Propping his arm on the workbench, 9-year-old John Sorgi watches his father, Jim Sorgi, tie a knot on a 5-inch cylinder shell. The “Wizard of Ahhs” is just a boy, but he’s following Jim’s footsteps, who started by stuffing fuses in paper tubes for his father, Vincenzo Sorgi.
Vincenzo, a third-generation pyrotechnician, immigrated from Avezzano, Italy, in 1899. The Pennsylvania Railroad then led him from Ellis Island to Hudson, a town ripe for a notch in the Fireworks Beltway.
There, Vincenzo married, bought an old potato farm, honed his craft in an abandoned shack and began taking weekly trips to Pennsylvania, returning with as many as seven suitcases full of fireworks.
No mere hobbyist, by 1929, Vincenzo was attempting to send rockets to the moon. The first rocket climbed a thousand feet before falling.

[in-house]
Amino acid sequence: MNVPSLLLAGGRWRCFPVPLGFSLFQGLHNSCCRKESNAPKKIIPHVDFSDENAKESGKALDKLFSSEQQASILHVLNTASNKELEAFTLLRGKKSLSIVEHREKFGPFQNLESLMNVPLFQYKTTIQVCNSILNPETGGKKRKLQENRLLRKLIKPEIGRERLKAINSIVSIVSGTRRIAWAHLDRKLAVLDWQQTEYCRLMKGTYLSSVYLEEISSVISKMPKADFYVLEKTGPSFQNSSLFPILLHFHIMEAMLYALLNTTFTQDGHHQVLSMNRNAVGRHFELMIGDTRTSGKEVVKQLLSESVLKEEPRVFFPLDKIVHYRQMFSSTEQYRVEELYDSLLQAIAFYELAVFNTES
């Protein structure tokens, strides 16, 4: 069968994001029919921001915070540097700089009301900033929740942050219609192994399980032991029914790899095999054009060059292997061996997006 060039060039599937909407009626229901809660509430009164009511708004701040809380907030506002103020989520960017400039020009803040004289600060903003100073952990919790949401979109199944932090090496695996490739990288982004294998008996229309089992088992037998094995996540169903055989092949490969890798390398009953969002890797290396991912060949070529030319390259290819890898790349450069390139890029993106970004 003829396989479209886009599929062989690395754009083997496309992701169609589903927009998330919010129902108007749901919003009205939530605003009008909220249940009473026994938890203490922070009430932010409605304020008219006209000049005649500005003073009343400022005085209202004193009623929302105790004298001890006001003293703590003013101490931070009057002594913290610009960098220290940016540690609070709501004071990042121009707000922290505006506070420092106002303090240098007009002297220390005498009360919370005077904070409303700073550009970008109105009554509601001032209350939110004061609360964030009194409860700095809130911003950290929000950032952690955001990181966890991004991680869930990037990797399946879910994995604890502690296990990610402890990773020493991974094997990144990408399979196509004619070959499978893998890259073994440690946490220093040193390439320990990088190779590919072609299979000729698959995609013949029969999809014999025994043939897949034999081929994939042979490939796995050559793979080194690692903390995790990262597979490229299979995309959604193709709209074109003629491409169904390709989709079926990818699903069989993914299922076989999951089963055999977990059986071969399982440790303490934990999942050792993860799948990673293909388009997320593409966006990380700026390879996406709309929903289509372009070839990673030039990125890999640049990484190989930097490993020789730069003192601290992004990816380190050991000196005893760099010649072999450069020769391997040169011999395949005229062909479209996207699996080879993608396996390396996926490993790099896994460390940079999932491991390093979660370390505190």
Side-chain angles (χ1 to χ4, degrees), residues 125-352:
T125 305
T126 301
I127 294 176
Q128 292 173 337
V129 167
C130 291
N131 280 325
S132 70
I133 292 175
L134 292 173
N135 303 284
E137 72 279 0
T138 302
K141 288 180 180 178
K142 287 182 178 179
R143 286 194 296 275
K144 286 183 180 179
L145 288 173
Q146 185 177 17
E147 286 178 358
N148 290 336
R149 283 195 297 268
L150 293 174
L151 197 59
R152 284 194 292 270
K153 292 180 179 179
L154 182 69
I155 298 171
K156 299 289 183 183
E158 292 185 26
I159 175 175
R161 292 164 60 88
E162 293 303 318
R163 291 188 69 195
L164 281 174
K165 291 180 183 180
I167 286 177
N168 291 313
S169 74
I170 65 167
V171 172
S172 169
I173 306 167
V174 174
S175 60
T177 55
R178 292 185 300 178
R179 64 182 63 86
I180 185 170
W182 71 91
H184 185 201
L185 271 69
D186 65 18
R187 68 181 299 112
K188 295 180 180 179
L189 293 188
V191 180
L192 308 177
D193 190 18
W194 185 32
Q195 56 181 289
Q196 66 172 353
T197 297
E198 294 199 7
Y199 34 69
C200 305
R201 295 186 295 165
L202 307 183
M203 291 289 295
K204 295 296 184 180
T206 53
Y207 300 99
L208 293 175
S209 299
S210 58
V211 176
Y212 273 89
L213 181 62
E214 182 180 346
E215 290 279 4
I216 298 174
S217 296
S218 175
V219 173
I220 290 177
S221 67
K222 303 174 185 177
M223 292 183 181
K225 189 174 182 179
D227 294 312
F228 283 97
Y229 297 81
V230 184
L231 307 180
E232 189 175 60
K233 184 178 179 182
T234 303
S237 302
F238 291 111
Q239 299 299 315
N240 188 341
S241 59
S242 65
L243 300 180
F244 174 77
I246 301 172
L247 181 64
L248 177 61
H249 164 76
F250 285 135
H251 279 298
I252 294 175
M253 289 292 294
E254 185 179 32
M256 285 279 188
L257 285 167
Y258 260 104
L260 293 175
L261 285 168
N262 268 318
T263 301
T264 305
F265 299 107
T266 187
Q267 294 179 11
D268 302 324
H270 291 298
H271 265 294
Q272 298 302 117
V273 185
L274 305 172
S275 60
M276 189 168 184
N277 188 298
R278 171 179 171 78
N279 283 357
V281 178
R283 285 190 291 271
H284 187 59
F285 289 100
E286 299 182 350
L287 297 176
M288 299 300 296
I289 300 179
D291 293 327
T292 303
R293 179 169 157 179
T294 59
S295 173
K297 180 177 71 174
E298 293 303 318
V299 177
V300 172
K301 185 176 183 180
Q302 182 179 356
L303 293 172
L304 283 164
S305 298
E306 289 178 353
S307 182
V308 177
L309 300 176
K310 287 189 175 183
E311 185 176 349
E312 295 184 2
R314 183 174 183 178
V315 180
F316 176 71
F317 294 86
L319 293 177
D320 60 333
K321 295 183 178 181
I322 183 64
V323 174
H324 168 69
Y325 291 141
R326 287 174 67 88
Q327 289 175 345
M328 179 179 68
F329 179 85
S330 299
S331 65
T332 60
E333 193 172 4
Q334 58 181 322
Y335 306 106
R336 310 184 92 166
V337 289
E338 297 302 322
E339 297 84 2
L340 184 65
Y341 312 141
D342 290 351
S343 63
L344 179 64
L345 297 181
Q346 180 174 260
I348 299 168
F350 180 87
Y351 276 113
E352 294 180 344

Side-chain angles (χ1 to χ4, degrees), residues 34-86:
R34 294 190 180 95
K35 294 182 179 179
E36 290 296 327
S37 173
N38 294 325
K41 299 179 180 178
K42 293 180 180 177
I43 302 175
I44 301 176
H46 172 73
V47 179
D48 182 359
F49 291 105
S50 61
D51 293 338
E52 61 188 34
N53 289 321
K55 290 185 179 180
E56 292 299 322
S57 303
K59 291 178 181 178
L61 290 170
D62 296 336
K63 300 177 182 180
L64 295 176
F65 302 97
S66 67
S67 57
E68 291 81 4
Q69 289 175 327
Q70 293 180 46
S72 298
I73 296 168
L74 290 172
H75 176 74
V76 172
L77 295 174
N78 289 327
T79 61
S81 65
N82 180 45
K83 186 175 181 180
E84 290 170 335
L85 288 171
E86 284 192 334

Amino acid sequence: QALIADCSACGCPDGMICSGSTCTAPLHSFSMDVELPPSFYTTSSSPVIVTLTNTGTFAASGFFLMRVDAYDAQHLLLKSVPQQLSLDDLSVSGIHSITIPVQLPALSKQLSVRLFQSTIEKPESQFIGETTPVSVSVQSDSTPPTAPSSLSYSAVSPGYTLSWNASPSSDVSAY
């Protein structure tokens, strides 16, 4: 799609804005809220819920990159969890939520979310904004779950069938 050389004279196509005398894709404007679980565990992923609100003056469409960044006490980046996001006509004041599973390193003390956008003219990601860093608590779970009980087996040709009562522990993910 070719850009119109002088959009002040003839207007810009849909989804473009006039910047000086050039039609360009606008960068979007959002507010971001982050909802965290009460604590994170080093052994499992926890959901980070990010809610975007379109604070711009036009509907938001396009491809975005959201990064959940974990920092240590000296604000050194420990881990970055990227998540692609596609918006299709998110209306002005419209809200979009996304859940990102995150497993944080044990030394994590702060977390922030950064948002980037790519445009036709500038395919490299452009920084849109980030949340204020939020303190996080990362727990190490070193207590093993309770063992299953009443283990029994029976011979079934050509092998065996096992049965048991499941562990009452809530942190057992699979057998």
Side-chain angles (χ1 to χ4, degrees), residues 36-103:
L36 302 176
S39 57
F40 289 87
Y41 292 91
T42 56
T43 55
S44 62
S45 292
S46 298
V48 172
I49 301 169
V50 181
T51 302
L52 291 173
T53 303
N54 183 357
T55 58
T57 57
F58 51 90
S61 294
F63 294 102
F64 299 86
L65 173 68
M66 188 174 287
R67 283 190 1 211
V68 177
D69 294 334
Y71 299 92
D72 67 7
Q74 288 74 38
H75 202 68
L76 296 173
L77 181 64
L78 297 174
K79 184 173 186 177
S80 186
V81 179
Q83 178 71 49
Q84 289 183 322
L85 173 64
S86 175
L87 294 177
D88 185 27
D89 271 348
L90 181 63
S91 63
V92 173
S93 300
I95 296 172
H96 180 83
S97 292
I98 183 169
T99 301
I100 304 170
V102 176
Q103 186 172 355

The second rocket was launched but never recovered. The third rocket was axed when the community learned Vincenzo planned to send his dog skyward with a parachute.
By 1960, the then-Cleveland Indians relied on American Fireworks for home run fusillades. The 1980s saw them supplying for Cleveland Browns games, Cleveland's Festival of Freedom at Edgewater Park and the Detroit-Windsor International Freedom Festival.
In 120 years, American Fireworks has grown from a half-acre to 70 acres, and the 250-square-foot shed where Vincenzo’s son and grandson worked is still on the property.
The Sorgi legacy is now in the hands of great-grandsons John David Sorgi and Roberto Sorgi, who continue to paint the night with stars.